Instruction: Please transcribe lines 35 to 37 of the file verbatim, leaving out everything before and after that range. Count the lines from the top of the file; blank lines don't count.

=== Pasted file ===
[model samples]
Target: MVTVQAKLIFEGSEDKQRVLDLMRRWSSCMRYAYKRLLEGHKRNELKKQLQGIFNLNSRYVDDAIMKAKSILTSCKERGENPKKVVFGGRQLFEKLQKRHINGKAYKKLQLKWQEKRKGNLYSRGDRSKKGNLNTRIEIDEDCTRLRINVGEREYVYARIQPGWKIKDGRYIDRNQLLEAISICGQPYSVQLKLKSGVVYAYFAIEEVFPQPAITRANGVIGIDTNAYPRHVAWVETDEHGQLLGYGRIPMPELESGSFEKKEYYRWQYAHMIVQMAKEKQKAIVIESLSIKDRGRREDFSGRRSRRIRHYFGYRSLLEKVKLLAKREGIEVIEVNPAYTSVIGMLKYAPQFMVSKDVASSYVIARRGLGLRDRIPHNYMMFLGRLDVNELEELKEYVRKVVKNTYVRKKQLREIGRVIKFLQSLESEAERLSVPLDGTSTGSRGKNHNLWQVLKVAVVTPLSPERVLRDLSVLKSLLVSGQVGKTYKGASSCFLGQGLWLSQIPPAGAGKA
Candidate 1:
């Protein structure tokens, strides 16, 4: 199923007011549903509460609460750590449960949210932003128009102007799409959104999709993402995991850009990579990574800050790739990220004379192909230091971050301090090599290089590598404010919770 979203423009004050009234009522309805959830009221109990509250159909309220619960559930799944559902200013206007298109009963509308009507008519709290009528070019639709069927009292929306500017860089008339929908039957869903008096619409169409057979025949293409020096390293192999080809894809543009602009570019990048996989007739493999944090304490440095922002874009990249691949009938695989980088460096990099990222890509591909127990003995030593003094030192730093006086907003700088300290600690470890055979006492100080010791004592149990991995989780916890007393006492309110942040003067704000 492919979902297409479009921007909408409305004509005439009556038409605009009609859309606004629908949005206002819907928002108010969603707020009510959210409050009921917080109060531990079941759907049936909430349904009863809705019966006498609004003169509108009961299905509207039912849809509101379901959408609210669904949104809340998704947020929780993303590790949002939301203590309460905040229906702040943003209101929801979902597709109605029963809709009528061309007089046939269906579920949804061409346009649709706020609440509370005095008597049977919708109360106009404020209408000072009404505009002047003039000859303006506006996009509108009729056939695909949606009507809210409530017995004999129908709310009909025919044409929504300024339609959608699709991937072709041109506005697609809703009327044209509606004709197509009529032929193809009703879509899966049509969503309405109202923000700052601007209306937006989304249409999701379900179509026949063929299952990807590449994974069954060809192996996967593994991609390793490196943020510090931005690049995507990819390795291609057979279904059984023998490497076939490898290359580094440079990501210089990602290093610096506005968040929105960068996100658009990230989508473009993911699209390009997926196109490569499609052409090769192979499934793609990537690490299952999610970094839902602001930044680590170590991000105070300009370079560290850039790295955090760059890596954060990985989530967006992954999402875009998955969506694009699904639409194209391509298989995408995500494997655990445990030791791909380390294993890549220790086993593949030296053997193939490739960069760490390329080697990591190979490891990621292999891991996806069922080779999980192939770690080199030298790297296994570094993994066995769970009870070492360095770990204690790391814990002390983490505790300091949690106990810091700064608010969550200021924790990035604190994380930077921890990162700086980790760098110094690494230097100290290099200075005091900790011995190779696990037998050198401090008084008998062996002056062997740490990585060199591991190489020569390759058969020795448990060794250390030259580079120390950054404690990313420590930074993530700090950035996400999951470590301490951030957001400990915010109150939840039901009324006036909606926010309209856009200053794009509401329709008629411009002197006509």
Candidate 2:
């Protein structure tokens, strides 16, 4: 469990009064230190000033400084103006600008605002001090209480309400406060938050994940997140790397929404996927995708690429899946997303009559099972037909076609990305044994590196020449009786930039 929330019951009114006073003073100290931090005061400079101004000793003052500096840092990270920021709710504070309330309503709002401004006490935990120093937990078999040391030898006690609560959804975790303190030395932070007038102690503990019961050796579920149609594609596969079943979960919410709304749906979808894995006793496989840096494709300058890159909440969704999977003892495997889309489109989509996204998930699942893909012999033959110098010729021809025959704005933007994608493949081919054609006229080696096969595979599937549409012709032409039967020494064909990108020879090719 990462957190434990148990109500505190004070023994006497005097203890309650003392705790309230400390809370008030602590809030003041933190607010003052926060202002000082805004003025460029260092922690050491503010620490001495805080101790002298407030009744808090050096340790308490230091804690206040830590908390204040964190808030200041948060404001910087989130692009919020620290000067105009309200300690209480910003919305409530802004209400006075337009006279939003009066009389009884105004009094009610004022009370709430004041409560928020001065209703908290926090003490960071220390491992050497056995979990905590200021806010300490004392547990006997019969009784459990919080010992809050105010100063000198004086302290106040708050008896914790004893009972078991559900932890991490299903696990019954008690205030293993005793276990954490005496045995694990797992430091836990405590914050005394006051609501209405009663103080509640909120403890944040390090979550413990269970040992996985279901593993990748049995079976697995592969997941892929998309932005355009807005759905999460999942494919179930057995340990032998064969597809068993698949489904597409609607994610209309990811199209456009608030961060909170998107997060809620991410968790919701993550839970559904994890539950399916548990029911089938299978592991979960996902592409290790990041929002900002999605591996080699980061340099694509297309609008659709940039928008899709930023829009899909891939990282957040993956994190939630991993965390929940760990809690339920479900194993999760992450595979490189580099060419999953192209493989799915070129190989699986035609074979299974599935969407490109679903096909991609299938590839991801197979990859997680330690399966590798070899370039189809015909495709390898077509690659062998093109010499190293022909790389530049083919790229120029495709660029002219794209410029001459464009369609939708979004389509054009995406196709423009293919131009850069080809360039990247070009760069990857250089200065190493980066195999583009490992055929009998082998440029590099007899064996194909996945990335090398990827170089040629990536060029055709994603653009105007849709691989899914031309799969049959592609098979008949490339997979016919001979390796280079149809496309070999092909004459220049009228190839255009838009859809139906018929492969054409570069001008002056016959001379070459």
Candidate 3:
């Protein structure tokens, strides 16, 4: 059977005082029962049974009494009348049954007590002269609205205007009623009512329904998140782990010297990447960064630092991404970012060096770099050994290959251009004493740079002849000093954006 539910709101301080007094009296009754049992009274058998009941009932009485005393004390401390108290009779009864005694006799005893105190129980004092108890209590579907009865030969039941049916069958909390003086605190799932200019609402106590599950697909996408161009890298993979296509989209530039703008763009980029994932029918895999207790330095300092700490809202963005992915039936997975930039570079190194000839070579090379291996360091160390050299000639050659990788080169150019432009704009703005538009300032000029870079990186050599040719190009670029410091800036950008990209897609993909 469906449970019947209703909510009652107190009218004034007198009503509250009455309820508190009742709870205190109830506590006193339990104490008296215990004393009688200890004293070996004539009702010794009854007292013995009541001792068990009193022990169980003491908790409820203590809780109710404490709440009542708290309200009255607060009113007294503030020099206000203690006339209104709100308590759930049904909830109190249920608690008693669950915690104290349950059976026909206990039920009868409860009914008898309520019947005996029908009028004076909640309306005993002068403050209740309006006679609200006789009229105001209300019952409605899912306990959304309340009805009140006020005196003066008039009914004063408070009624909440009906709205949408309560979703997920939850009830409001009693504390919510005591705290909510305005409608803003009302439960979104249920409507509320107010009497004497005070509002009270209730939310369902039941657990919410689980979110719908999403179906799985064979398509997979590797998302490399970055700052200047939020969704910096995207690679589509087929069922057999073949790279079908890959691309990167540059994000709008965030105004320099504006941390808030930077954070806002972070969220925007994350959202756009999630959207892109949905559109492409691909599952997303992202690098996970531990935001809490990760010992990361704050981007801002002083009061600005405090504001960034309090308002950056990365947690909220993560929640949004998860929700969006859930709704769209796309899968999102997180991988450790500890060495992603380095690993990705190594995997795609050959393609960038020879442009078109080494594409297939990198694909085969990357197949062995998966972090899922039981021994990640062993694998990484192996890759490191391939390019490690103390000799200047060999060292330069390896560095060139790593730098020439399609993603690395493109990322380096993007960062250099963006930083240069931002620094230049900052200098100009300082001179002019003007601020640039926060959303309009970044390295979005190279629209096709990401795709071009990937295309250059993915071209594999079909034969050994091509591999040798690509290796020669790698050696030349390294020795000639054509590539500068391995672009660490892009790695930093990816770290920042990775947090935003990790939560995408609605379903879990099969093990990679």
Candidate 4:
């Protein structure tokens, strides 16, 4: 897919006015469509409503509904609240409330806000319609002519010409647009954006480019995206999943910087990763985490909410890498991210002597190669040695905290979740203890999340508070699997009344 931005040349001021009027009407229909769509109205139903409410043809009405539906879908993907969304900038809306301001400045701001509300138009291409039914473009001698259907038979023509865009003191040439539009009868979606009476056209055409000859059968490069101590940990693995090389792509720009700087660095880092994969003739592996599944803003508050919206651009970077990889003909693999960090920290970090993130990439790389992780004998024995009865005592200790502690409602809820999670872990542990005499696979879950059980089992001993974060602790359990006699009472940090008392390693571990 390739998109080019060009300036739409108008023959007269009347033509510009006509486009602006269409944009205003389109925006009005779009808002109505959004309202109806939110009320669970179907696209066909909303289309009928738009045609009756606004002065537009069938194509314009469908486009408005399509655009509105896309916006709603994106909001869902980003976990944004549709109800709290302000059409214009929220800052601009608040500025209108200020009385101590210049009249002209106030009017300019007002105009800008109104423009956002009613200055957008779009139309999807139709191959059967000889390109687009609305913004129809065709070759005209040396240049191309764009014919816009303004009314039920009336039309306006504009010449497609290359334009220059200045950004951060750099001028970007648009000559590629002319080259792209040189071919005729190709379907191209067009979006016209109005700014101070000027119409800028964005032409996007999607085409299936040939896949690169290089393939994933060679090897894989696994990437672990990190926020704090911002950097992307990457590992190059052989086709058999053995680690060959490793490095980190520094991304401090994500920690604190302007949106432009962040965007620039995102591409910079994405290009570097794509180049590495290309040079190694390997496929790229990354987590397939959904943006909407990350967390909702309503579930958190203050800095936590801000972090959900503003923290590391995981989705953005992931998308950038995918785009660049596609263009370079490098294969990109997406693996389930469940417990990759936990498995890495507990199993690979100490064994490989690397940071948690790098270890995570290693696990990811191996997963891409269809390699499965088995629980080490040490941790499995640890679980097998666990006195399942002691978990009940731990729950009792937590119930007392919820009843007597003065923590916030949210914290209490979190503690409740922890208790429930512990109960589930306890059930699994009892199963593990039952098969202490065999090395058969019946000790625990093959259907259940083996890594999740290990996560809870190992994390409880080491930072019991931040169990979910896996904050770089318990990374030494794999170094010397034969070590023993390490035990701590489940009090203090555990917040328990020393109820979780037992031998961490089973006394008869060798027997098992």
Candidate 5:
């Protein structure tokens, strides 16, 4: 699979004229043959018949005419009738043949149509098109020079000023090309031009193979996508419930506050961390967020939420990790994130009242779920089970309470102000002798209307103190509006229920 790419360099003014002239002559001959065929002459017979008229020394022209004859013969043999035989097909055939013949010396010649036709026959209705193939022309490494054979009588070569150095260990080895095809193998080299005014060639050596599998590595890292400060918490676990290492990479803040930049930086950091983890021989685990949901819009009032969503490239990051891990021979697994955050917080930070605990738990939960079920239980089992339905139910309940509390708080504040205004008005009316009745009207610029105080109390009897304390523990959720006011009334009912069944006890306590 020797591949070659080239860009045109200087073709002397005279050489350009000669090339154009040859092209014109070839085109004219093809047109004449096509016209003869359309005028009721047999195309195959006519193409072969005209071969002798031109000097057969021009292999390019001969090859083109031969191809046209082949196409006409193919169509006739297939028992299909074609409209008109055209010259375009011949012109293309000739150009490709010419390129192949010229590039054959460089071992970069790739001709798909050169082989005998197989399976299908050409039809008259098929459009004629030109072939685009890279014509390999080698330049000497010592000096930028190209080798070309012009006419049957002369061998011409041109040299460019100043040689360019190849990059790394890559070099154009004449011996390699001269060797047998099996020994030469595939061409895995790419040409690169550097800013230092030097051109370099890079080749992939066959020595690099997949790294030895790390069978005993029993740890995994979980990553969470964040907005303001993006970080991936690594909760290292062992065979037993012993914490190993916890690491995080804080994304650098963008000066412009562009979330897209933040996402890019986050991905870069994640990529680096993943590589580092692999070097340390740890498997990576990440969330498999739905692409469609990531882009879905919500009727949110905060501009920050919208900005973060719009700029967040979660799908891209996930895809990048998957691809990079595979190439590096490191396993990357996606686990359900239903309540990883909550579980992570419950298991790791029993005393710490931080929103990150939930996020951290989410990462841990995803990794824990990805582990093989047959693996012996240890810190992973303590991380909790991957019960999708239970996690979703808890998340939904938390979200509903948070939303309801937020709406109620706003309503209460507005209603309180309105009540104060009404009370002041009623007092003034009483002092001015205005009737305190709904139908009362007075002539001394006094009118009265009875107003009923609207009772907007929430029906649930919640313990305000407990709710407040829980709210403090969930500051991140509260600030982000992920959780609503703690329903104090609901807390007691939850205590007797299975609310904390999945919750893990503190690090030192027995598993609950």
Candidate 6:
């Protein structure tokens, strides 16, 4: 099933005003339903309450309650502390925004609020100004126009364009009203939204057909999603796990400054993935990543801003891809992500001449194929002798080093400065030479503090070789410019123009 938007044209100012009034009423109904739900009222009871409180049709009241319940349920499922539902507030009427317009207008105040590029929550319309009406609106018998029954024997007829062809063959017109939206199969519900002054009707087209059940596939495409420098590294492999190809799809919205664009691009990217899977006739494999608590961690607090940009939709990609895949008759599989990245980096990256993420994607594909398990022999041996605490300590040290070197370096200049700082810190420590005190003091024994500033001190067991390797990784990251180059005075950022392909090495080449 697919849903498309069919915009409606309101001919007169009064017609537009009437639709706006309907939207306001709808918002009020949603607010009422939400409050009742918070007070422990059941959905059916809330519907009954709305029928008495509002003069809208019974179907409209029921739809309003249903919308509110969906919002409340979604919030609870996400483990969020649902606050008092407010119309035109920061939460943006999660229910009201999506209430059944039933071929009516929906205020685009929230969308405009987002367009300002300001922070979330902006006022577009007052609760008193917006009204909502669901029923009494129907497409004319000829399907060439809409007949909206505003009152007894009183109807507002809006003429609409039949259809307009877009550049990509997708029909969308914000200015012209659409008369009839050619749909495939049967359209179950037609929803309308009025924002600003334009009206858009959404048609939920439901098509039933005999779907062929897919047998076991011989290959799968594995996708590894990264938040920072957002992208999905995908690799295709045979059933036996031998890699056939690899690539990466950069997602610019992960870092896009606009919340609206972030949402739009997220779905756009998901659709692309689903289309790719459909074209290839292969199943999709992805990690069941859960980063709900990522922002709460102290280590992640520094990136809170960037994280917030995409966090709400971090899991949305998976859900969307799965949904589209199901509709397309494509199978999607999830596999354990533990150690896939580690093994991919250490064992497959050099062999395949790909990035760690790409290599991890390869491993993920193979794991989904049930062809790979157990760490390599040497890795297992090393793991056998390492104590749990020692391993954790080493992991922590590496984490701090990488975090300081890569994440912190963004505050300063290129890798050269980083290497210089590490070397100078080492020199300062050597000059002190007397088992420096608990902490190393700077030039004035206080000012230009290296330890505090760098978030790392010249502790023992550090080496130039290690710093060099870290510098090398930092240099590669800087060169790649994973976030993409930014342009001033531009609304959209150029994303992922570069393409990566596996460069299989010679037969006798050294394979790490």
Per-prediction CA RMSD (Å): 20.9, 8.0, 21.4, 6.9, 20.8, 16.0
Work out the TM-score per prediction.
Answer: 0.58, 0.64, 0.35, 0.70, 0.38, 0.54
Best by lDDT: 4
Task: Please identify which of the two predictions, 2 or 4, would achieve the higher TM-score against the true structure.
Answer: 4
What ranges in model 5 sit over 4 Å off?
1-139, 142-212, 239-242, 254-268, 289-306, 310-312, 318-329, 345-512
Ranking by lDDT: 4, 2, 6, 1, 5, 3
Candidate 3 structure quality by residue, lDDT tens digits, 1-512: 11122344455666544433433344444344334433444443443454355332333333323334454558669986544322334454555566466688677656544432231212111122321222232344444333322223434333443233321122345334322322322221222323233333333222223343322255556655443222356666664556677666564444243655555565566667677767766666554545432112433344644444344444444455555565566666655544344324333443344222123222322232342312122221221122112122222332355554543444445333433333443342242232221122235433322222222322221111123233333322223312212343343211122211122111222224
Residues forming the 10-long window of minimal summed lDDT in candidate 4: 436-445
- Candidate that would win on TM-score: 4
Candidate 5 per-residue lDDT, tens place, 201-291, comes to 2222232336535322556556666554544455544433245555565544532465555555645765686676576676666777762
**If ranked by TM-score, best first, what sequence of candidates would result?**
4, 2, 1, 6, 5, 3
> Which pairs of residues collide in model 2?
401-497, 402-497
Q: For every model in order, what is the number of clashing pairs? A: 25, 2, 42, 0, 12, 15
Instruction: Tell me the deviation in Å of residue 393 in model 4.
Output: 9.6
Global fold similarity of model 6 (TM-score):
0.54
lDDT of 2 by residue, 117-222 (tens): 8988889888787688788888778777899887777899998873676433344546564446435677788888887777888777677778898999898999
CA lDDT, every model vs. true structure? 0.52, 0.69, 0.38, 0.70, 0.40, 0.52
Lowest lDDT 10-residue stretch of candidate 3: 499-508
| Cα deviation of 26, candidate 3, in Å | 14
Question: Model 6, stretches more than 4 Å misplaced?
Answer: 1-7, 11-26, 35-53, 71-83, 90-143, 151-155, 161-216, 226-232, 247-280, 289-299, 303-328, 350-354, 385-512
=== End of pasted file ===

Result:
Global fold similarity of model 6 (TM-score):
0.54
lDDT of 2 by residue, 117-222 (tens): 8988889888787688788888778777899887777899998873676433344546564446435677788888887777888777677778898999898999